I think it's more a warning to be careful & considerate of the factors & consequences, not a 'given'. Not something to be advised, that a beginner buy a young/green horse, because riding on a large, live animal is potentially dangerous enough without adding lack of experience on both sides to the equation. But if you're in that situation, just be aware, take precautions & take it slow & ensure you have a good trainer/instructor to help & teach you, and someone experienced(maybe the same person) to help ride & teach the horse, when needed.
I am quite an experienced horse person, but when I went looking for a first pony for my kids, wanted something 'tried & tested'(not that I was going to be an overprotective mum... until I considered my kids on horses!). But after looking at & turning down many 'bombproof' and experienced 'kids ponies' who didn't feel right, I ended up getting an 11.2hh welsh mountain boy of 7yo... who had been left alone with no handling or care since he was a yearling. The kind of horse I STRONGLY advise a beginner(or parent) doesn't even look at. The current owner only took him, knowing she couldn't keep him, to give him a chance, as he was 'free to a good home' or going to the doggers. She had handled him at home a bit, given him a couple of weeks with a pro trainer, to be started very lightly under saddle, but that was all.
When I brought him home, I found he was terrified of little, erratic people, among other things. Also found he was seriously terrified of any tack aside from halter & lead - testament to little, rushed training I suppose. My daughters were 2yo & 3.5yo when I got him. So I did put in quite a lot of time in further training, getting him used to the kids, taking him out & about with my horse & riding him(I'm too big, but for very light riding...) before the kids were allowed to even be on the ground near him. He was only a lead pony for a couple of years, & was fantastic for that, but I worried how he'd go when I gave my kids 'free rein' as he was very forward and playful. I ensured they had an independent seat, practiced 'emergency stops' until they were blue in the face, learned to control him while I had the lead(as just as a 'safety chain'), before they finally started riding off lead. He has been the BESTEST little pony! From the first time I unclipped the lead, he put his head down, stuck his top lip out in concentration & went so slowly & carefully! He really babied my kids along & helped them gain confidence! He's taken them all over the place, around town, in the bush, through rivers, in traffic, jumping, swimming... standing on him!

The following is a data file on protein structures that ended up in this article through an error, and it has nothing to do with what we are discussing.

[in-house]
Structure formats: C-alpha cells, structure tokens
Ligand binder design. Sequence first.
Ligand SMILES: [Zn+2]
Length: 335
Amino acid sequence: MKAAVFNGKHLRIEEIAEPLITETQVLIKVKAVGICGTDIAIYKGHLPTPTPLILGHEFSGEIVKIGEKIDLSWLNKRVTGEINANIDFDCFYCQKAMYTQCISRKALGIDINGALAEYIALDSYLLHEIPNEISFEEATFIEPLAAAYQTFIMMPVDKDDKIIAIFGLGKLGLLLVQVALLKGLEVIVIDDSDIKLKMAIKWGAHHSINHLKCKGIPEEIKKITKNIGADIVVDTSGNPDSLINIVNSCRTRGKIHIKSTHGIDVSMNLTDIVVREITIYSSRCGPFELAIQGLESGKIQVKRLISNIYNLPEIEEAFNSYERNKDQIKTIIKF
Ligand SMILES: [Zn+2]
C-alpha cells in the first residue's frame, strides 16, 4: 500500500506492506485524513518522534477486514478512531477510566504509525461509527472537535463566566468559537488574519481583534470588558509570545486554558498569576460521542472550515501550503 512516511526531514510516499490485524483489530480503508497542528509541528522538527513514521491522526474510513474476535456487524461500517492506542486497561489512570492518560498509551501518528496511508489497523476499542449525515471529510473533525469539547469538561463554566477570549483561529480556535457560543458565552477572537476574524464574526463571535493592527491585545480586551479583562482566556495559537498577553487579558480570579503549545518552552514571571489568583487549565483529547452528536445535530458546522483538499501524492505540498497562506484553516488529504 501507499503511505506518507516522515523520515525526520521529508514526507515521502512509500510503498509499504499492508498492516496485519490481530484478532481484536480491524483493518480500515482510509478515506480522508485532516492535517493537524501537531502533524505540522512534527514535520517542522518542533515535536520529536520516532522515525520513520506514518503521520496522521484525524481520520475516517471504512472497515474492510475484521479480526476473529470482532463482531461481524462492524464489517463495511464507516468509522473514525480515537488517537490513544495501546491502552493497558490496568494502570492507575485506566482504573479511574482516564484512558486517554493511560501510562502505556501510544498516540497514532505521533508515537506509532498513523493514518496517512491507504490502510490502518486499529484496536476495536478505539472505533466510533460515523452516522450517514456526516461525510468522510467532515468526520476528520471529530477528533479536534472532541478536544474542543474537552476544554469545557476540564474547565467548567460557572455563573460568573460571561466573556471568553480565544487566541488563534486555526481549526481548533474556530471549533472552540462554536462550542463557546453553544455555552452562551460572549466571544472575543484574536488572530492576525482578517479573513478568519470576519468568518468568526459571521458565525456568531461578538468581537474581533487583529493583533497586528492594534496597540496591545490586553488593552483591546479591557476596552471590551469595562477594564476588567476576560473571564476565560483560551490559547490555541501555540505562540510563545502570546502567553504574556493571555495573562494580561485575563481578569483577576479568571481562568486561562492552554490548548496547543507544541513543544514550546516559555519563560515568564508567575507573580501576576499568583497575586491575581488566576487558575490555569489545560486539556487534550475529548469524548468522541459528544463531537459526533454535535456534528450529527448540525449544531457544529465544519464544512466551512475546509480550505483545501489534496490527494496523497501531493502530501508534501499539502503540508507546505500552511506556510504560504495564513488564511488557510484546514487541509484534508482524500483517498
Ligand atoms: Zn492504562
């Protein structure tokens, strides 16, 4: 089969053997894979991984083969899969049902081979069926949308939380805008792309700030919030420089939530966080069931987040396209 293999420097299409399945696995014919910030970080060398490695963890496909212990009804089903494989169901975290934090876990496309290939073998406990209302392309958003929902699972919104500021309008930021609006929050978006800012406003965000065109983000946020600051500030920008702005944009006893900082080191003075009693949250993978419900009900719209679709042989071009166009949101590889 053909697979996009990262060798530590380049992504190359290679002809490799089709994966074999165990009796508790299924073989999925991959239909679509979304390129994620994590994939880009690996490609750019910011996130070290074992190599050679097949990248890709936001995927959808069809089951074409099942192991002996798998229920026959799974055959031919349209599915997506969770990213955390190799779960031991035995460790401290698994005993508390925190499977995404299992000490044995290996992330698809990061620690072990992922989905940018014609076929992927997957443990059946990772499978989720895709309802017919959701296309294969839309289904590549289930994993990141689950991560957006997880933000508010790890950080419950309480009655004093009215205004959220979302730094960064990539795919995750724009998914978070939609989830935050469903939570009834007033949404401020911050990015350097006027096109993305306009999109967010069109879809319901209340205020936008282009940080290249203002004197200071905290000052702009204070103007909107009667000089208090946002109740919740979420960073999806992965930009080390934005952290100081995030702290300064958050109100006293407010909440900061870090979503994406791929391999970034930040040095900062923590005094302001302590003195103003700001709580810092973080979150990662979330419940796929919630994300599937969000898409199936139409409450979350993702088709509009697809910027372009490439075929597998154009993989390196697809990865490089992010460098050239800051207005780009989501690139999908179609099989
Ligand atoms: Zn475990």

My eldest grew out of the little tacker then had to ride my big guy(so I had to walk!), until a few years ago when a 13.2hh brumby (hafflinger type) happened upon us. He was about 5yo at the time, handled a little on the ground only, owned by a client of mine, who decided she didn't have the time to put into him. Again, I started him myself. And my elder daughter was a reasonable rider by then, but nowhere near what I'd call 'experienced' for a very green horse. I figured I'd be happy to have him going well & she could ride him on lead within a couple of months... it was winter & I also didn't have much time to put in then. But I reckon he must have been 'born broke' - he seemed to learn everything well in only one lesson, nothing fazed him, I was on his back within the week and my daughter was within a few. I've hardly got a look-in since! She has taught him herself to jump, to neckrein, and all sorts of tricks - including 'roman riding' - riding standing on his back. He's been dressed as a reindeer at xmas, mobbed by kids at the school(I of course supervised carefully), balloons tied to him, flags carried, whips cracked, he's towed kids on skates...
We started them both in a cart a couple of years ago - something I'd never done before. And about then, kids wanted to do formal ponyclub, and they were both good riders with 'soft hands' by then, so we started the ponies in bits for the first time, because the PC rules stipulated it. They'd only been ridden in halters until then.